“We saw people shredded to pieces, some with no head, no hands,” a man
told a Human Rights Watch researcher two weeks after a Saudi-led coalition airstrike hit a crowded marketplace in Mastaba, Yemen, in March 2016. The strike, allegedly carried out in part with American-made and -supplied bombs, killed nearly 100 civilians, 25 of them children.
So far, the war
has claimed 10,000 civilian lives. Seven million people are on the brink of famine, millions have been uprooted, and a devastating cholera outbreak is raging and expected to affect nearly 1 million people by the end of the year. By the numbers, it’s currently considered the world’s largest humanitarian catastrophe.
The US has backed the Saudi-led war
by supplying weapons, targeting intelligence, and mid-air refueling missions for Saudi Arabia’s warplanes that have been routinely accused of carrying out indiscriminate airstrikes. As Foreign Policy reported in 2015, the “daily bombing campaign would not be possible without the constant presence of U.S. Air Force tanker planes refueling coalition jets.”
As a result of massive civilian casualties like the bombing in Mastaba, in Washington opposition to aiding Saudi Arabia’s war efforts has been mounting. Last week, lawmakers quarreled over a much-anticipated bill that called into question the wisdom of continuing to provide US military support to the Kingdom and raised concerns over alleged human rights violations. Lawmakers and experts have also voiced concerns about a spreading power vacuum that has helped extremist groups like Al Qaeda in the Arabian Peninsula (AQAP) and ISIS’ Yemen branch to take root and spread in the country. The fallout from the nearly three-year-old conflict, with Saudi Arabia and a coalition of Gulf states against Yemen’s Houthi rebels, has pit not only Democratic, but also Republican lawmakers, against President Trump’s foreign policy decisions in the region.
American involvement in the war first began in 2015 under the Obama administration—without authorization by Congress—after Houthi rebels ousted the Saudi-backed government of President Abdu Rabu Mansour Hadi in January of that year, and went on to take control of Yemen’s capital, Sana’a, and many other cities. Obama sent the United States’ armed forces to support the Saudi-led campaign. To many, it was seen as a political gesture—a way to repair ties with the Saudi government who opposed the Iranian nuclear deal that the administration was championing. “The rationale was to make up for the Iran deal. This is what we would offer them,” says Rep. Ro Khanna (D-CA). “The problem is the massive human rights violations and the millions of Yemenis who are suffering.”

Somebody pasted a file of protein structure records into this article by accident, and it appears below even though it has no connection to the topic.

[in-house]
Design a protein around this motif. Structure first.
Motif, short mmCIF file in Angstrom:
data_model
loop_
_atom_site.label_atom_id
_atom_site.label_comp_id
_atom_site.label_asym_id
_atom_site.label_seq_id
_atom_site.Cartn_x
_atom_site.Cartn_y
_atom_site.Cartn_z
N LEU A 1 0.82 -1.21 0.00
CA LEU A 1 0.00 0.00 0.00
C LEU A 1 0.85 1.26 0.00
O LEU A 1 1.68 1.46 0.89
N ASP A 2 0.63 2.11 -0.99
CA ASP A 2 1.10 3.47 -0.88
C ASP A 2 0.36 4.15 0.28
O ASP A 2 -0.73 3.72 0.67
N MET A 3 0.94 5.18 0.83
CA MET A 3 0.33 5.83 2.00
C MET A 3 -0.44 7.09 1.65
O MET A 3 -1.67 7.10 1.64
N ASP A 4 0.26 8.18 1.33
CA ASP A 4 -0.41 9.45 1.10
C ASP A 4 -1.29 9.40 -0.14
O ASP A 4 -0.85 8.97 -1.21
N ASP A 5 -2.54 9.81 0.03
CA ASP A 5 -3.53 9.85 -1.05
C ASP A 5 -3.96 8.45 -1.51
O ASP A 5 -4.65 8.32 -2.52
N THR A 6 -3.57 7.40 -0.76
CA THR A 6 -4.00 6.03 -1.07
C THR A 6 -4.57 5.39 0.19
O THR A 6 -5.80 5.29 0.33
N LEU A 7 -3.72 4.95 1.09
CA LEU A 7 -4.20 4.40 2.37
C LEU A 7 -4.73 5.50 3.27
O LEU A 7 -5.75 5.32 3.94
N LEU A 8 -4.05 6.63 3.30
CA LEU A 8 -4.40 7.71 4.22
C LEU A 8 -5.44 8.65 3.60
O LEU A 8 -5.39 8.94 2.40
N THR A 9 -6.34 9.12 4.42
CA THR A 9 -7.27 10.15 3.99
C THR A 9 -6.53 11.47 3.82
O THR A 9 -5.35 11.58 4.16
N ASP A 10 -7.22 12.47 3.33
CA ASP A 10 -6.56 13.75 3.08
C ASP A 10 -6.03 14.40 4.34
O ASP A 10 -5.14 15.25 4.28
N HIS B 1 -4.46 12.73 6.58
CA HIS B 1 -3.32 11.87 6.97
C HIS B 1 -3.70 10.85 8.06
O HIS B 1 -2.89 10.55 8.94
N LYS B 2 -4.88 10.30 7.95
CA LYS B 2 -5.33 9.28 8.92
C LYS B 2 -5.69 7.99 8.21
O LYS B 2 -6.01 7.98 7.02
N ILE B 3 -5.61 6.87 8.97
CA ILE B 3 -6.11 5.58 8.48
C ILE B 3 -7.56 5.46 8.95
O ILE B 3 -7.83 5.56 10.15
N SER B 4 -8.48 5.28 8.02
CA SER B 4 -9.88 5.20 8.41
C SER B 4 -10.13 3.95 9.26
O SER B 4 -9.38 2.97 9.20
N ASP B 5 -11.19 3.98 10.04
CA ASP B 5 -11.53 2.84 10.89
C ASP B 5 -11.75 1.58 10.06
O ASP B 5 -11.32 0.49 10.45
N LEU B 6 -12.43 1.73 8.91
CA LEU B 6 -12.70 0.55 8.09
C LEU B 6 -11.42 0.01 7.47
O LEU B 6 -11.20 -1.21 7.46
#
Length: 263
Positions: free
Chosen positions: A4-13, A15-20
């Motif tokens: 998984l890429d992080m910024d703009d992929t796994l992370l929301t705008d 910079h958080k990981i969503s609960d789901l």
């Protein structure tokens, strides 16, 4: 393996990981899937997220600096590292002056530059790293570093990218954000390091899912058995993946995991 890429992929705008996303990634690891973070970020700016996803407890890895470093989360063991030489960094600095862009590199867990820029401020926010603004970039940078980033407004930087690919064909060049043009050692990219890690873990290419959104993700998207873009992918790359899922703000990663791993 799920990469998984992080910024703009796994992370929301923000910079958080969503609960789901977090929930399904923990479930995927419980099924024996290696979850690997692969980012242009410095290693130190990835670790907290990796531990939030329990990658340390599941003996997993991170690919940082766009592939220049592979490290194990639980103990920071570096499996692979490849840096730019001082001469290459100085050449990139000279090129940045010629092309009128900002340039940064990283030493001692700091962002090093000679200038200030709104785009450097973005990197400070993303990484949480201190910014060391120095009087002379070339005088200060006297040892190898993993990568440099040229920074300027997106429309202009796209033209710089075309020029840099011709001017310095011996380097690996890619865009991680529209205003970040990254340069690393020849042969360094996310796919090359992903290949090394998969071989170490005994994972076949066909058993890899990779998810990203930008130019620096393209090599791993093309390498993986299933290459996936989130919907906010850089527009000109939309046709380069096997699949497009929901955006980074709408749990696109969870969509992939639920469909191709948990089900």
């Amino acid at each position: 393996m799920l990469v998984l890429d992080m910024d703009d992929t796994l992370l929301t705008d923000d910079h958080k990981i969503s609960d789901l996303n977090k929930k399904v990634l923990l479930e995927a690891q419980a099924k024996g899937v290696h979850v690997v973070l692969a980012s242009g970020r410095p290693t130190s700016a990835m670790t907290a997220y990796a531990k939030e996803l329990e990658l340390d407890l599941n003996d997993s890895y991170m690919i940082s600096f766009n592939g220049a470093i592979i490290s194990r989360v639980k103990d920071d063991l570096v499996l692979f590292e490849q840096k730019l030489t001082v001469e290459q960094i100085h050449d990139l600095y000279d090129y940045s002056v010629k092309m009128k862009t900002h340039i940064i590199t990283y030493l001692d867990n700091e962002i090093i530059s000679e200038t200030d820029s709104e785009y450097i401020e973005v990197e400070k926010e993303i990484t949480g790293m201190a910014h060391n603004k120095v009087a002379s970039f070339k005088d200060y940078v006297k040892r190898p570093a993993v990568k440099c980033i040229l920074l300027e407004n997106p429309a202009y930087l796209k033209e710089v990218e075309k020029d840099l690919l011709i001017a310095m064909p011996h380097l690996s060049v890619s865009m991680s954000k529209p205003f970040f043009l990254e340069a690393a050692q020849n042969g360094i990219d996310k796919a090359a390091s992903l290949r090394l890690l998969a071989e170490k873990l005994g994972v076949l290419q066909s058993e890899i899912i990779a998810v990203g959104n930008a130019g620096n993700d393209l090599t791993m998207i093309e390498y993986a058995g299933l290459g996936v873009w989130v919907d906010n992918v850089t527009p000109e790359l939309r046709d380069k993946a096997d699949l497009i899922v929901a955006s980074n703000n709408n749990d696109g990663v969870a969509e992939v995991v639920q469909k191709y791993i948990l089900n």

In early October, Khanna, along with Rep. Mark Pocan (D-WI), Rep. Walter Jones (R-NC), and Rep. Thomas Massie (R-KY), put forward a bi-partisan resolution that would finally put an end to all US support for the war. It’s the most recent—and the most ambitious—bill that has attempted to diminish America’s role in the conflict, but certainly not the first.
Last year, Congress held a vote to block cluster munitions sales to Saudi Arabia after reports found that American-made cluster bombs were linked to civilian casualties in Yemen. With 40 Republican votes, it came close to passing, but still narrowly failed. Last September, there was a vote against a $1.15 billion tank deal with Saudi Arabia that received 27 votes in favor. And towards the end of Obama’s last term, the White House reportedly began to have reservations about humanitarian catastrophe the war was creating and it